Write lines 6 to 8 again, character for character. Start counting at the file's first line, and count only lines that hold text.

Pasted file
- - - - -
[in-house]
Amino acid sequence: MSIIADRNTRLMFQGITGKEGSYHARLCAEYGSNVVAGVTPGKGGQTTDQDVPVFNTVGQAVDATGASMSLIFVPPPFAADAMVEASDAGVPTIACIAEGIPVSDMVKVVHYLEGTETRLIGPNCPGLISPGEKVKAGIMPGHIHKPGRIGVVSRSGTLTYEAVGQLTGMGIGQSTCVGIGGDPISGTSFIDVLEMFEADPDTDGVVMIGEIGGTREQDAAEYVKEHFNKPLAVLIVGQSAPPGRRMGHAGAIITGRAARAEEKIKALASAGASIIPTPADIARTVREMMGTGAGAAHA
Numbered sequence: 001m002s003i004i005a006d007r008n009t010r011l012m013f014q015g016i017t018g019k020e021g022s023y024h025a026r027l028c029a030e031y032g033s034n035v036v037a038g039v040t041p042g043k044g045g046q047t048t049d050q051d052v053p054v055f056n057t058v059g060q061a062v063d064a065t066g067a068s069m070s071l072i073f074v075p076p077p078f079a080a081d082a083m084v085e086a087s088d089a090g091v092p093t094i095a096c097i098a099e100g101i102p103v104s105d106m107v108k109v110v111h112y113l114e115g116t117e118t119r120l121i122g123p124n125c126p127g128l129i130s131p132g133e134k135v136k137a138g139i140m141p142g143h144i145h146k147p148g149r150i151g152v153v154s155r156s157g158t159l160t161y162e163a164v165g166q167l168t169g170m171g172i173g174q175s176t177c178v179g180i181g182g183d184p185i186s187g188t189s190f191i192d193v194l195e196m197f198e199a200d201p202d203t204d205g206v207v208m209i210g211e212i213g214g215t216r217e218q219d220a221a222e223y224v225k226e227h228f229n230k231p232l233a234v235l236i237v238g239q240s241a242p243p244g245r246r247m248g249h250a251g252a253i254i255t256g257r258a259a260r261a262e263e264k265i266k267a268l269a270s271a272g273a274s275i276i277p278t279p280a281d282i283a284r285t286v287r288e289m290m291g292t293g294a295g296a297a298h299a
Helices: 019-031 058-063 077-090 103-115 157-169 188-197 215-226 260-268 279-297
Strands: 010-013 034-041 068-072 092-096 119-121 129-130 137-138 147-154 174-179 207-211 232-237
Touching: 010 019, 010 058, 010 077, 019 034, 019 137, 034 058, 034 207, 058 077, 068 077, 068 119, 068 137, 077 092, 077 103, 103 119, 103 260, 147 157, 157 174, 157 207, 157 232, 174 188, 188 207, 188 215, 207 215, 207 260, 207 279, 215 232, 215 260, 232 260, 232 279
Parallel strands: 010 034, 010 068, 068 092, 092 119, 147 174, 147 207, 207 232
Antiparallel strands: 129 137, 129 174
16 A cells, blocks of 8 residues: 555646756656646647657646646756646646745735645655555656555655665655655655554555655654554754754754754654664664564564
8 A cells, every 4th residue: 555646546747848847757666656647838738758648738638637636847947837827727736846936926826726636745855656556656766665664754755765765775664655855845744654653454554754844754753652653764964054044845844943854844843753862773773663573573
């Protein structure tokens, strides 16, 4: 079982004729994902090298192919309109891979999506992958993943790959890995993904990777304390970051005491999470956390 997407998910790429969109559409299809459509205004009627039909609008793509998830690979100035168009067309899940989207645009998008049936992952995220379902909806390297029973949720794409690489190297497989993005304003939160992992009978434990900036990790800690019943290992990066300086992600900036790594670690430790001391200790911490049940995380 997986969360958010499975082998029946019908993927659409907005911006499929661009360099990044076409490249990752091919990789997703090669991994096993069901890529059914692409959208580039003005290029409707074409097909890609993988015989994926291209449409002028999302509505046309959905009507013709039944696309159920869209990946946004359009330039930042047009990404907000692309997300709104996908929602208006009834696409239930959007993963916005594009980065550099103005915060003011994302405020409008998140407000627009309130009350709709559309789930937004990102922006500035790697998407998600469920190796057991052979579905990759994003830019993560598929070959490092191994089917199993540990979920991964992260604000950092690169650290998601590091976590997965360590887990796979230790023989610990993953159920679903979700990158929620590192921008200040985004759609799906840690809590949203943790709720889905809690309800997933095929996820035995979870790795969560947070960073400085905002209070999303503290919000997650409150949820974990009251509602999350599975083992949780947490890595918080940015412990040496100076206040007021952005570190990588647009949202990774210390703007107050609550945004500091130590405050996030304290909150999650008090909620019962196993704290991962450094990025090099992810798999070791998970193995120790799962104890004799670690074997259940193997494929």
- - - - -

Touching: 010 019, 010 058, 010 077, 019 034, 019 137, 034 058, 034 207, 058 077, 068 077, 068 119, 068 137, 077 092, 077 103, 103 119, 103 260, 147 157, 157 174, 157 207, 157 232, 174 188, 188 207, 188 215, 207 215, 207 260, 207 279, 215 232, 215 260, 232 260, 232 279
Parallel strands: 010 034, 010 068, 068 092, 092 119, 147 174, 147 207, 207 232
Antiparallel strands: 129 137, 129 174